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Amanda Kennedy, Founder of Yotuni

Amanda Kennedy, Founder of Yotuni

Amanda Kennedy, creator of Yotuni “It’s Growing” Social Enterprise, reached out to mindyourmind and we were happy to connect and learn from each other. We are always looking to support our First Nations communities, and Yotuni is a great cause. Amanda is a social entrepreneur who is making strides for her people and is passionate to empower First Nations Youth! Be sure to click on the links to learn more, donate to the cause, or volunteer!

What First Nation are you from and why did you choose to become a Social Entrepreneur?

I am from the Oneida Nation of the Thames. Our children, youth and a lot of the Indigenous People are hurting. We are all strong Warriors at heart, but we are lost, wounded, confused, and searching for knowledge, support and structure. We have been deeply disconnected to who we are as People as well from; our teachings, traditions, and our Grass Roots. We are weak in our minds, bodies, and Spirits and struggle with battles within ourselves and in our relationships, social groups, schools, communities, the criminal justice field and everywhere else. We are constantly at battle with love, anger, abuse, injustice, corruption, fear, suicide and addictions to alcohol, drugs, pills, sex, money and so much more. Our People don’t belong, we don’t fit in, and we don’t understand this Society, and when we reach out for help, we walk away feeling judged, intimidated and more frustrated, abused, confused, lost and stuck. Change is needed and I felt becoming a Social Entrepreneur I could empower awareness, healing, wellness and change for my People and for Society as a whole.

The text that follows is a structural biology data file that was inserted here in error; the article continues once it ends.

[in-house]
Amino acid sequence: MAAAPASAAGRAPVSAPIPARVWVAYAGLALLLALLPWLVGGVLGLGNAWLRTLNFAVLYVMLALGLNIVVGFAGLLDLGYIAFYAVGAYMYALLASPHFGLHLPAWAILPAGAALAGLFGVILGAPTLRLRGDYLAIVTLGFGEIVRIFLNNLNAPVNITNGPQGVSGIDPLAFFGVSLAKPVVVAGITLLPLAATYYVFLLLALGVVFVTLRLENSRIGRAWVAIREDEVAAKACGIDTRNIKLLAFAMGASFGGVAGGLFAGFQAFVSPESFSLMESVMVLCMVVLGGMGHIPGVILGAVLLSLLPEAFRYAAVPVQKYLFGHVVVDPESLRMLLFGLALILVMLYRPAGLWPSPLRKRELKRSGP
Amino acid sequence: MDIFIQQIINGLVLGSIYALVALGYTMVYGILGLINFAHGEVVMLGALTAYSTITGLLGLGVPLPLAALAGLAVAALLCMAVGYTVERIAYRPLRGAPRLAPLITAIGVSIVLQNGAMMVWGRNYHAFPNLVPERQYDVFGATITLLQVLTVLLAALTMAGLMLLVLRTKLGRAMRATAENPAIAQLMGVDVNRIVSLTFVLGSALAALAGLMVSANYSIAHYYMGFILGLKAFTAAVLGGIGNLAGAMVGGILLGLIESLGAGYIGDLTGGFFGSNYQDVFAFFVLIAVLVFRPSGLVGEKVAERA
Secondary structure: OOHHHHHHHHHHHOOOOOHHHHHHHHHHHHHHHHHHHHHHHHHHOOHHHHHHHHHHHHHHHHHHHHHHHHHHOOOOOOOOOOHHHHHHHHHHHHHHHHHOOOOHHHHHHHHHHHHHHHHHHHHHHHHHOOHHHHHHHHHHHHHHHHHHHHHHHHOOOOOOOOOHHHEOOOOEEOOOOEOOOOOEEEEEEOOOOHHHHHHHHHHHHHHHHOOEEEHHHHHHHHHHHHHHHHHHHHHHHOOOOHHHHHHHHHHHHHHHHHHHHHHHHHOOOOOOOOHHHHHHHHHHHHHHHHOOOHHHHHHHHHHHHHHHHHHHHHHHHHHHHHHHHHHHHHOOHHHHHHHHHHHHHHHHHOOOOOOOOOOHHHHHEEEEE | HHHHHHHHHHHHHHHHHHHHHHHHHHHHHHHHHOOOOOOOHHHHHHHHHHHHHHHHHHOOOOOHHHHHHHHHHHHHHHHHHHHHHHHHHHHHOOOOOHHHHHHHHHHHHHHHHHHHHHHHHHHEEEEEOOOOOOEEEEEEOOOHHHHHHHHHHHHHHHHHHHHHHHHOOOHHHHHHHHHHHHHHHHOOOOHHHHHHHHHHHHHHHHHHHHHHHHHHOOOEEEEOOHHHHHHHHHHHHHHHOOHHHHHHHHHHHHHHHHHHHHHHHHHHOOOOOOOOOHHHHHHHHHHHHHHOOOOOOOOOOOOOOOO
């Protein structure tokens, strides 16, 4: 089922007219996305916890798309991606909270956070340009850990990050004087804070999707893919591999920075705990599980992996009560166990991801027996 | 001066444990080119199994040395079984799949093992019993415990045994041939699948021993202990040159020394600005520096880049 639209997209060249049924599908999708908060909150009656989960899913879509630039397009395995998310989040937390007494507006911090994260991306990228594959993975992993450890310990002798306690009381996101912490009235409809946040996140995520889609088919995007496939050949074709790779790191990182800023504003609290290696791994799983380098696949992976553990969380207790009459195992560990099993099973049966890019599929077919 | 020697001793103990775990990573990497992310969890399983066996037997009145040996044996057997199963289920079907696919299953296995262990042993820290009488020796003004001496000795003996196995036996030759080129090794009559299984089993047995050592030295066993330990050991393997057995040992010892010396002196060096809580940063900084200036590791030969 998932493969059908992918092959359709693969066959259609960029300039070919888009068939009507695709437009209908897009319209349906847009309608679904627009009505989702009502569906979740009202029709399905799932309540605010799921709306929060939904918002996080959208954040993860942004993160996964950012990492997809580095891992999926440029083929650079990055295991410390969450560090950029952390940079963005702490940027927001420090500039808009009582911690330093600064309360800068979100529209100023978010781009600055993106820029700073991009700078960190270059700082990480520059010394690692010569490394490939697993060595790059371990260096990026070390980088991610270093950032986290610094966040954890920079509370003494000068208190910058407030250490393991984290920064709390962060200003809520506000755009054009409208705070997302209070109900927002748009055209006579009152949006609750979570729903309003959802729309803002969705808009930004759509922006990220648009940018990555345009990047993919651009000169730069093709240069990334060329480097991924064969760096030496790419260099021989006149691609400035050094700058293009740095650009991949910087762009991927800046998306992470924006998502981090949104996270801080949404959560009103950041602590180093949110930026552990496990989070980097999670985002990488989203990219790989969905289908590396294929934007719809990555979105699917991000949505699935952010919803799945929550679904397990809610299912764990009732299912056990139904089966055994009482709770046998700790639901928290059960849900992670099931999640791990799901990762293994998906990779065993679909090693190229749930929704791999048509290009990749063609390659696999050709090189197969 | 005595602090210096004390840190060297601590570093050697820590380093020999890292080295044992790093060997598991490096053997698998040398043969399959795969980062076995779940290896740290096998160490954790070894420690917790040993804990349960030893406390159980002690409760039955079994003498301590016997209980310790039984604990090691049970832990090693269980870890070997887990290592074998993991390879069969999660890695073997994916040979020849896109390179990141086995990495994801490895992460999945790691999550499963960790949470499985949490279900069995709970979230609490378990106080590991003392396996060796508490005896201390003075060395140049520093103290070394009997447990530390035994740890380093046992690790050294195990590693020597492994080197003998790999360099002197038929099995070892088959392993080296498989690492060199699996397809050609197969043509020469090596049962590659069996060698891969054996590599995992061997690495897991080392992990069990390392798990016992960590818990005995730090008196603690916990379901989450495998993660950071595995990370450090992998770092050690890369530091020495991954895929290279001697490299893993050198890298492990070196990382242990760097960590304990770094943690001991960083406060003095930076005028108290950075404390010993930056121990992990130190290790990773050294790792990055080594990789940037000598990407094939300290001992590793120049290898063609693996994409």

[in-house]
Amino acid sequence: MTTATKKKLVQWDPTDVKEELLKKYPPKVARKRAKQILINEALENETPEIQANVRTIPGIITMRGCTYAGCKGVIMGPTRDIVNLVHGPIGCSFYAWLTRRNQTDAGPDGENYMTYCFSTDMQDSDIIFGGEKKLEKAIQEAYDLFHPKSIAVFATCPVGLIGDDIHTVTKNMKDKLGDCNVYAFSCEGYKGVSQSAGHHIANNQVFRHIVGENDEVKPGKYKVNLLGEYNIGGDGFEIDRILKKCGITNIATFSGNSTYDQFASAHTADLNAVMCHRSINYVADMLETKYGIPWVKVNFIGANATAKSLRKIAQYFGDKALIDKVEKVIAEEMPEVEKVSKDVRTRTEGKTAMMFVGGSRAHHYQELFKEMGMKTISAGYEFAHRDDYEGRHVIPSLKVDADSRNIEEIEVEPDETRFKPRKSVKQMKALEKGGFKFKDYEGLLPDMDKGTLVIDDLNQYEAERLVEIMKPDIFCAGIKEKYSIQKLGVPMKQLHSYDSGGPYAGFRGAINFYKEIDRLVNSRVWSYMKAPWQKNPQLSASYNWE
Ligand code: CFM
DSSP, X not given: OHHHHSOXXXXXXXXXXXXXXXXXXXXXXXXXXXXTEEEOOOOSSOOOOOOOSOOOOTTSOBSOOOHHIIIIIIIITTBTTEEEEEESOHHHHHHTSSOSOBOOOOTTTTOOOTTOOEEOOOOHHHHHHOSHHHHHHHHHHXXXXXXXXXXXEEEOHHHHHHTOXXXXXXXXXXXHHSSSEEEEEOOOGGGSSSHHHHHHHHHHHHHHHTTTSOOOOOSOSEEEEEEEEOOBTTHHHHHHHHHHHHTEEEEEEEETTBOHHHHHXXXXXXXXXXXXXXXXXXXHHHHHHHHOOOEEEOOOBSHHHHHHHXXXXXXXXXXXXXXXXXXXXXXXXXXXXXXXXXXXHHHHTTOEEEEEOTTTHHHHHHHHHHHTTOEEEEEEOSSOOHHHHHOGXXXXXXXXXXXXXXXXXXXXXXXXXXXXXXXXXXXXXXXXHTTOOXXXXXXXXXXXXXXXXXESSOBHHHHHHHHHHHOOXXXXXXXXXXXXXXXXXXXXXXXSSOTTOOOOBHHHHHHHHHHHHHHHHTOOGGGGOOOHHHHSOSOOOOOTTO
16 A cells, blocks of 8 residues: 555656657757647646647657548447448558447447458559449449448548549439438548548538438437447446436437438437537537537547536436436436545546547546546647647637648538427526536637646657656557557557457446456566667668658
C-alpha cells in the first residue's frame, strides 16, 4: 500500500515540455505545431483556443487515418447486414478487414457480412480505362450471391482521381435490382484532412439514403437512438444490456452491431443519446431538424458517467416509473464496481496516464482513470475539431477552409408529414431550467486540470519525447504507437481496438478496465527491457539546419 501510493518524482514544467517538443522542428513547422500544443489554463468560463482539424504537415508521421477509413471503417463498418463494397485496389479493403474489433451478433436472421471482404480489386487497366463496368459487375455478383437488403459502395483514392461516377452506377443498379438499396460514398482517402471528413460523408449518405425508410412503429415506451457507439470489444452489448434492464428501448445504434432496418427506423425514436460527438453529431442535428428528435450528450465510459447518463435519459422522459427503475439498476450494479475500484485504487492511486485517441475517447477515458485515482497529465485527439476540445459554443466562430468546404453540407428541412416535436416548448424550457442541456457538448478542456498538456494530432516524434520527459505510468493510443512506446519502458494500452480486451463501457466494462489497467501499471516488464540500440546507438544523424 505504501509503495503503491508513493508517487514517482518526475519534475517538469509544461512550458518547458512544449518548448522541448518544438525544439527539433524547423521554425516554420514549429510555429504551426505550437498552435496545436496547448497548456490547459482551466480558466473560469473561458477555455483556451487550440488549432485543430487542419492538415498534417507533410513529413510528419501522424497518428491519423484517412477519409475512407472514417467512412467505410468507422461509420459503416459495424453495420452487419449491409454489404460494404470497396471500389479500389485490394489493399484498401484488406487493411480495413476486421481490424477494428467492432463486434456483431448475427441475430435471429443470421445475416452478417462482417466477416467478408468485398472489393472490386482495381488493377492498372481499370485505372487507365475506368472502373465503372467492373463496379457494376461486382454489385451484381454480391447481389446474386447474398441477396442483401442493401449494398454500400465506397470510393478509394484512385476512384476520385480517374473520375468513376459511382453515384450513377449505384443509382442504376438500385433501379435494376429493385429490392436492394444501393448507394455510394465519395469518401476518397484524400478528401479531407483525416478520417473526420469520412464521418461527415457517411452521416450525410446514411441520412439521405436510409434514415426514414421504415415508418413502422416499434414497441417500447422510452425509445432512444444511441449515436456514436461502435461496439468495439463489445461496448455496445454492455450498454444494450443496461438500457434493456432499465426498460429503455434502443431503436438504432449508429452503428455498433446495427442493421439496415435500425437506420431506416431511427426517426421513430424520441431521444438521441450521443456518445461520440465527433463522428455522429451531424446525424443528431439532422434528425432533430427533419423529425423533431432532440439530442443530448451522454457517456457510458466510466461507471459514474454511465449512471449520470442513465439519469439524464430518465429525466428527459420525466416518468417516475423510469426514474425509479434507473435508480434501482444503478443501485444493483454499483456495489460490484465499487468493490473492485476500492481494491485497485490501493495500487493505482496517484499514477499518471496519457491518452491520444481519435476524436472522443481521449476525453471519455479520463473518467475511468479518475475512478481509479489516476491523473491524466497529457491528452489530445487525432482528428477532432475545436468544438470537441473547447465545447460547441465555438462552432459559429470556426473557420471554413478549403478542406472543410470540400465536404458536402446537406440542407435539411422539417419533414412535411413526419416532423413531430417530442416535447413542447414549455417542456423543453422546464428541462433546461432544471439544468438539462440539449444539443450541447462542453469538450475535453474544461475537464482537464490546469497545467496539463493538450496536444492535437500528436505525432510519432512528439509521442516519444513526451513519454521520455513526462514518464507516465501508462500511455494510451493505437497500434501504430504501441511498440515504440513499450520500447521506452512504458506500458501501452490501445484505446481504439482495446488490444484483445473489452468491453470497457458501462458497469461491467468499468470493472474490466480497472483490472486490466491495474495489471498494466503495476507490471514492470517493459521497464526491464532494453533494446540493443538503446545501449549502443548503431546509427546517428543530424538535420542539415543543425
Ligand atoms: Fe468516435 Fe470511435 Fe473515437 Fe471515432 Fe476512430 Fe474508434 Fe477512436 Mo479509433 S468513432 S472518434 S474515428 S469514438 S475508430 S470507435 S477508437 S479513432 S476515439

Tell us about yourself and how Yotuni was conceptualized.

I grew up in a marginalized First Nation community in London, ON called Manor Park.  My Manor Park family and I were all from different First Nations, colonized and considered outsiders. We weren’t accepted on our Nations for we were living in the city therefor making us “urban Natives”, we also weren’t accepted in the Non-Indigenous Society for we were labelled and look upon as very bad people, thieves, gangsters, and savages, who needed to be punished and more colonized.  We were constantly being physically, mentally, emotionally and Spiritually abused by other children, youth, adults, teachers, principals and the police. Life was a struggle for myself, my family as well as for my peers and their families. Due to this lifestyle we had to live, we were limited on opportunities and struggled throughout childhood, our youth and now as adults, a lot of my peers have gone down very negative paths. I have lost too many family and friends to murder, suicide, addictions and mental health issues. I have watched them struggle with little or no support or guidance. All of our parents did the best they could to protect us, however they too were struggling with various issues, labels, racism and colonization and most of them were residential school survivors or children of survivors, therefor traumatized and struggling with various mental health issues as well. I always tried to help, guide, advocate and support my family and friends starting from a very young age. As a youth I organized and facilitated many youth groups, camps, workshop and conferences empowering healing, change and growth. As a colonized, marginalized Indigenous child and youth of yesterday I wanted to develop what we needed when we were children and youth. I developed Yotuni “Its Growing” Social Enterprise to help the children and youth of today giving them the help and services they need; which will lead to empowerment, bringing awareness, healing, growth, opportunities and creating positive affective change.